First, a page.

Ap-Hazard. I'm out of one scrape at laft !---fo while the mother's lecturing the daughter, I'll read what accidents have befallen other unlucky dogs! --(Takes a news-peper out of his pocket -- goes to the back part of the flage---takes a chair, and fits with his back turn', to the audience.)

Mrs. Seymour. I am determined ---the servant will shew you to the carriage---who waits there? (Enter Tom Seymour. )---What do you want, fir ?

Tom. I'll tell you when I've breath---that Welch smuggler has so winded me with chasing him---I won his money fairly, and if he don't pay and apologize, I'll burn, sink, and destro him


whenever I come up with him---Juliana !---my fifter!--

Lady. Brother, intercede for me.--I only alk for shelter under my mother's roof, and the refuses me!

Tom. I know the reason---she is going to be married.

Mrs. Seymour. No matter, fir--- I will be obey'd.

Tom. Then look ye, Juliana ; you shall turn failor and live with me --we'll steer through life together, and you shall share my honours and my profits ! (Mrs. Seymour smiles. )---Ay; my profits, madam!---I'd have you know, next week I am going a Voyage of Discoveries---all along the coaft, from Whitehall to Windsor.

Mrs. Seymour. Perhaps I don't mean to marry at all, fir---if I do, I hope I shall make a better choice than your sister has done---not unite myfelf to a ruin'd gambler, like Sir Charles Danvers! AO, the man I shall select, will boast a pure uncontaminated mind, a faithful and an innocent heart, and one who never saw a gaming-table in his life.

Tom. Mess! I'd be glad to see such a fellow ! but I luppose its like a falter sailor than the Sprightly Kitty---a thing not to be found.

Ap-Hazard. (Still in the chair, with his back towards audience ) ---Trumps !---'Trumps!

Tom. What's this the uncontaminated gentle.

man !

Mrs. Seymour. It is, sir,

Ap-Hazard (not regarding them) ---Oh! Game! Game !

Tom. Why, wind and tide seem both in his favour !---hollow ! father-in-law !


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(Tom smacks him on the back--- Ap-Hazard jumps up, and they meet face to face.)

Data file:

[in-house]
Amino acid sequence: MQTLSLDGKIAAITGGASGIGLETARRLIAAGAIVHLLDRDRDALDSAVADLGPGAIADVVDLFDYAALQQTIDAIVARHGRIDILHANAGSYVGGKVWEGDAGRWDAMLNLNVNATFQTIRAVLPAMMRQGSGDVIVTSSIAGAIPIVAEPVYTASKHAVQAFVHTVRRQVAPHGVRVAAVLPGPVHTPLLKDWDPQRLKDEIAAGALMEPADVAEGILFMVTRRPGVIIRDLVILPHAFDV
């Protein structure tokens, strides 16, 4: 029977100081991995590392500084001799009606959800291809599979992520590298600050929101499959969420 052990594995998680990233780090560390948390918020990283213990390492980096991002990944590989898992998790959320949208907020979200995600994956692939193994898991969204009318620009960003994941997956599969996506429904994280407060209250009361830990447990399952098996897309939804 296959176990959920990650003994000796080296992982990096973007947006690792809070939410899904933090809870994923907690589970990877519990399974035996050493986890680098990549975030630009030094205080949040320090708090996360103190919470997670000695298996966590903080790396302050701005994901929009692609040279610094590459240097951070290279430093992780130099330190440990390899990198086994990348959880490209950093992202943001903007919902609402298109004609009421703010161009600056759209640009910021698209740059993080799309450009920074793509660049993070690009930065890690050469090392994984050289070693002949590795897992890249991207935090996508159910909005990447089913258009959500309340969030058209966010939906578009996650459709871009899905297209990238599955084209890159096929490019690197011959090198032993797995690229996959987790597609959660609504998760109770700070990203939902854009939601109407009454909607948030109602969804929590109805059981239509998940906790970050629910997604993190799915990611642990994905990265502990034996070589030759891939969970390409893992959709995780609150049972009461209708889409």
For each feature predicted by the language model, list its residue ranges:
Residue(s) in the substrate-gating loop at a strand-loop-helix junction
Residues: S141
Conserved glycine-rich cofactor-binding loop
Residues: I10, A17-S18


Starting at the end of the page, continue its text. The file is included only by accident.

Ap-Hazard. What's to pay ?

Ton. What, is it you ?- is this the innocent faithful creature, that never saw a gaming-table?---ha! ha! He is really the most unlucky lubba living--do you know, mother, last night at hazard, he took twelve back hands running, and threw crabs to every one of them! and toffing up for guineas, he called tails, and it came heads twenty times following---damme, never call tails, papa--never!

Mrs. Seymour. This is very extraordinary---Mr. Ap-Hazard, I had the highest opinion of your honour; and when I gave you my picture

Tom. Gave him your picture !

Ap-Hazard. To be sure she did---look at it my undone son-in-law (putting his hand in his waistcoat pocket) no; its not there---hang me, if ever I put my hand in the right pocket in my life---its here.

Tom. No, its here! (taking the miniatur e out of bis pocket and holding it up) look at it, my undone father-in-law--- I won it of him last night at La Fleece'ein's, and never thought of looking at it before ; but now I see the family likeness---there, take it, mother, and let it remind you, that parents ought’nt to turn their children adrift, for chusing a bad pilot, till they're sure they could have found a better for them, themelves.

Mrs. Seymour. I fee, and am asham'd of my credulity---Mr. Ap-Hazard, I desire we may never meet again---come Juliana---I'll go with you my, self to Miss Urion's, where if you conduct yourself with propriety for a few weclis, I will recal you to